There has been a lot of buzz surrounding the beautiful Tea Obreht and her stunning debut The Tiger’s Wife. Obreht was the youngest ever writer to win the Orange Prize and she was named one of The New Yorker‘s 20 under 40. More significantly, The Tiger’s Wifehas appeared on almost every list of the best books of 2011, both commercial and reader-based, and high-brow intellectual and literary.
This last seems to highlight the way that though the book appeals to a wide range of people (it has spent many weeks in the New York Times bestseller list, and has been number 1 on the ABA Indie Bestseller list for almost 20 weeks), it is also receiving praise from critics and prestigious reviewers. This combination of commercial potential and literary value seems hard to find – so what is the secret of The Tiger’s Wife?
The answer is difficult to describe. The book doesn’t exactly have a simple and clear plot, and Obreht’s subject matter stretches from the universality of death to the specificity of the war-torn Balkan experience. Her characters are sometimes mythical and sometimes real, and sometimes both at the same time.
On a simple level, you might say that this is a book about a woman coming to terms with the death of a beloved grandfather, and a country coming to terms with a bloody past, but that would be to ignore the most wonderful thing about the book – Obreht’s talent in using fable to “deliver a truth histories can’t touch“.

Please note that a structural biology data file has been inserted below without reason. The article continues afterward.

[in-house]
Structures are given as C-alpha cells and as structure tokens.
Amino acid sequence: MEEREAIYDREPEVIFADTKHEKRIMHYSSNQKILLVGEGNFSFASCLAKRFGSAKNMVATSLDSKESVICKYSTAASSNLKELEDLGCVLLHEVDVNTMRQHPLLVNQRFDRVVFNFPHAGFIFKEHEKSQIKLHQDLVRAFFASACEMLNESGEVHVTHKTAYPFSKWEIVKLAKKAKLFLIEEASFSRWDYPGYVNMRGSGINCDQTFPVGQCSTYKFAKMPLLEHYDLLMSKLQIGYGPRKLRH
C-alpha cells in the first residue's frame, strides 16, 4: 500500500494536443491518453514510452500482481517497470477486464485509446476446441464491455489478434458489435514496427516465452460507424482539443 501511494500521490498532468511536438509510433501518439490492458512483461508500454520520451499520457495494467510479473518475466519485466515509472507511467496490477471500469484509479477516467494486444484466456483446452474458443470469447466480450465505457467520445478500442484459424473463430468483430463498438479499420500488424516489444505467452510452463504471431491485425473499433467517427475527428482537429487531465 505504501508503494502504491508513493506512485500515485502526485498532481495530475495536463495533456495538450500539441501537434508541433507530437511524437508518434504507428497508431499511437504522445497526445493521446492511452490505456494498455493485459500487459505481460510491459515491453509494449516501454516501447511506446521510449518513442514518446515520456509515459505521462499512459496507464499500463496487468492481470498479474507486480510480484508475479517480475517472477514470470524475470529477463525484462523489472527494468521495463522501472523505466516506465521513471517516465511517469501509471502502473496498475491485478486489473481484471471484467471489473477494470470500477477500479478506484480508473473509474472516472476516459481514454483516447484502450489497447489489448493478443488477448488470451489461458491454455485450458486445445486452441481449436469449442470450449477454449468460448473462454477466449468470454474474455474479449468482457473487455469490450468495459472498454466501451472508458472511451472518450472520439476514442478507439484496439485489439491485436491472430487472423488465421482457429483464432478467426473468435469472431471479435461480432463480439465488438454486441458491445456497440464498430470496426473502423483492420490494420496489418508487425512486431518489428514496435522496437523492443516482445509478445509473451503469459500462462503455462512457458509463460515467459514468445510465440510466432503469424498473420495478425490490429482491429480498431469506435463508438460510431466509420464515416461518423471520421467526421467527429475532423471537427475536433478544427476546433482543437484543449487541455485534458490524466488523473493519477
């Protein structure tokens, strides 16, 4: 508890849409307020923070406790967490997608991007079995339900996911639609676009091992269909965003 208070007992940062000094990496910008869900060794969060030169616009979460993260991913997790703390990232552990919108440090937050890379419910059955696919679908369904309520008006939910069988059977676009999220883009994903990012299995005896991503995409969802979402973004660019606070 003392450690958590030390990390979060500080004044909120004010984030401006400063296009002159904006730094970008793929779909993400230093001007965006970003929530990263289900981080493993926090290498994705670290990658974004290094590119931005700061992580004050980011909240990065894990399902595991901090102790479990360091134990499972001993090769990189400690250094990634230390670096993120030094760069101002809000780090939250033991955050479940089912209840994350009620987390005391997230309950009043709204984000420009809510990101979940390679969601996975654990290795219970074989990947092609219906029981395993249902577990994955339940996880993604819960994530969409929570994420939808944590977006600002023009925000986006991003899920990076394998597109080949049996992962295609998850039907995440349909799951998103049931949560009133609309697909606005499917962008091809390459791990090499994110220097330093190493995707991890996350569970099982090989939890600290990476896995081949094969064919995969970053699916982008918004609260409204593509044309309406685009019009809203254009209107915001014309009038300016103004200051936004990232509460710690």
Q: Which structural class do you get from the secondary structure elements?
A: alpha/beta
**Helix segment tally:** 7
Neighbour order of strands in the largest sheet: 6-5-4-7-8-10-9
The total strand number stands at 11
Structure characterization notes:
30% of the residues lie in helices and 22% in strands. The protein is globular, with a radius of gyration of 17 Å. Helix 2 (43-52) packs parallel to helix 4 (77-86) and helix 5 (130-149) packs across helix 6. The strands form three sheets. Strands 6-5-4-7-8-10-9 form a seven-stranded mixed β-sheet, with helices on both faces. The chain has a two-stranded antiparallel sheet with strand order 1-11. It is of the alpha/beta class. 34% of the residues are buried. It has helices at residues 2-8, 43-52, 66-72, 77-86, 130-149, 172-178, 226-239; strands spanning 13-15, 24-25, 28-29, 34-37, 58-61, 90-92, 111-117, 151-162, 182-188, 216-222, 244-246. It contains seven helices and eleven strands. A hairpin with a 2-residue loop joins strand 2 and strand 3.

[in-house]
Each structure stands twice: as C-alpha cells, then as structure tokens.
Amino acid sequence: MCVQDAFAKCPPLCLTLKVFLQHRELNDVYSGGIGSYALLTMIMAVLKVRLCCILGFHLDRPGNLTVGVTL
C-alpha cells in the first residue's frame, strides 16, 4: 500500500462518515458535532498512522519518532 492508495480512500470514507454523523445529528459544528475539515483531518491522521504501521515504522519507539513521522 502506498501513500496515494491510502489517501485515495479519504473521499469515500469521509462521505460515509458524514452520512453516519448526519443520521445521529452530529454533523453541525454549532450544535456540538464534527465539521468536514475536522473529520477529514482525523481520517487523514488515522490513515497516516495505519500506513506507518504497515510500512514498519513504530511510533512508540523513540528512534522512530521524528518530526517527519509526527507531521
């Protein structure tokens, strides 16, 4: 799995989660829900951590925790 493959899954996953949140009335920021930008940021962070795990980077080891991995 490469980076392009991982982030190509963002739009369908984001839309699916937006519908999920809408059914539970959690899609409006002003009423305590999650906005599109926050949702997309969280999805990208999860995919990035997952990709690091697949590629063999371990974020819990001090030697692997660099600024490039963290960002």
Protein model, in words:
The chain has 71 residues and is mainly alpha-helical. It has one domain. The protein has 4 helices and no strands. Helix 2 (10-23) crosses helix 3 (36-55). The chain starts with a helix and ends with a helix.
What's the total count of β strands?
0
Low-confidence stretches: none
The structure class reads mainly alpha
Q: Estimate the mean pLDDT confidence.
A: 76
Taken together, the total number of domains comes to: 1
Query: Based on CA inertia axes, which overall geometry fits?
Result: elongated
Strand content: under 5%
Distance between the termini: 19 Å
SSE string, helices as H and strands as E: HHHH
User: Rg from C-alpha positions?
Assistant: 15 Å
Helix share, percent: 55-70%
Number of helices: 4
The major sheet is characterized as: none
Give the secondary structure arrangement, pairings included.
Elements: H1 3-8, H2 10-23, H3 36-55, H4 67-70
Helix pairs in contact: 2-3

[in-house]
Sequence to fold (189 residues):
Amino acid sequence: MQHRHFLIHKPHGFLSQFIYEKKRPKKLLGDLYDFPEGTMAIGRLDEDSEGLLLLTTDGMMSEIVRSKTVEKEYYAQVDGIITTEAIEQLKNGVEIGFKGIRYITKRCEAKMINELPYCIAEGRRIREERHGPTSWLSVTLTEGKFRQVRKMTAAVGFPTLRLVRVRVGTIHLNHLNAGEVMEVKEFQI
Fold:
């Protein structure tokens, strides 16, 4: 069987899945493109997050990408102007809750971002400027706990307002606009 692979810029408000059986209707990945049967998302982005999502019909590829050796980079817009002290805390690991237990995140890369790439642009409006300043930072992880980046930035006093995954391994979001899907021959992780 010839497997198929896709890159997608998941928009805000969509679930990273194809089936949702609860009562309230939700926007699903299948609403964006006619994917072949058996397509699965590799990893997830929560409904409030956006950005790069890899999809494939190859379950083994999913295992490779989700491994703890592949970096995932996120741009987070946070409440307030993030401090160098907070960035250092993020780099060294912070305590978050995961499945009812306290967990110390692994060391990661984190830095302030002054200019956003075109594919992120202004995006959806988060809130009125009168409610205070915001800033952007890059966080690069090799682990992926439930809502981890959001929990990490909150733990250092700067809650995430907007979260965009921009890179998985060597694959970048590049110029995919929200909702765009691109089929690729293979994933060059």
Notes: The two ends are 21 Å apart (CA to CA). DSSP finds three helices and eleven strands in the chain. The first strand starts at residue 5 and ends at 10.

Understanding the magic of The Tiger’s Wife goes to the very heart of understanding why we read fairy tales – what emotional and human realities they can reveal to us in ways that normal writing cannot.
Albert Einstein claimed “If you want your children to be intelligent, read them fairy tales. If you want them to be more intelligent, read them more fairy tales.” G. K. Chesterton wrote that “Fairy tales are more than true; not because they tell us that dragons exist, but because they tell us that dragons can be beaten.”
By refusing to limit herself to realistic writing, Obreht transforms the tragedies of Balkan history and the struggle of one woman to commemorate her grandfather’s life into an emotional truth we can all share in and identify with. Not only this, she delivers a truth that is at once ‘real’ and believable, and also hopeful.
But Obreht’s achievement is even more complex than that, since she never lets her story fall into fable completely. Instead, by resolutely standing on the thin line between realism and fable, Obreht highlights the way that the two are necessary to each other. The conflict between science and superstition that the book deals with – both stylistically and through it’s content – is never resolved precisely because we need both in life. The breathtaking end of the book works exactly like this, leaving the reader stranded between these two poles of life and forcing them to keep thinking about the book for hours afterwards.
Perhaps the real secret to enjoying The Tiger’s Wife is by following W. H. Auden’s advice: “The way to read a fairy tale is to throw yourself in.” Throw yourself into The Tiger’s Wife, and it will reward you with a stunning reading experience and a moving emotional truth.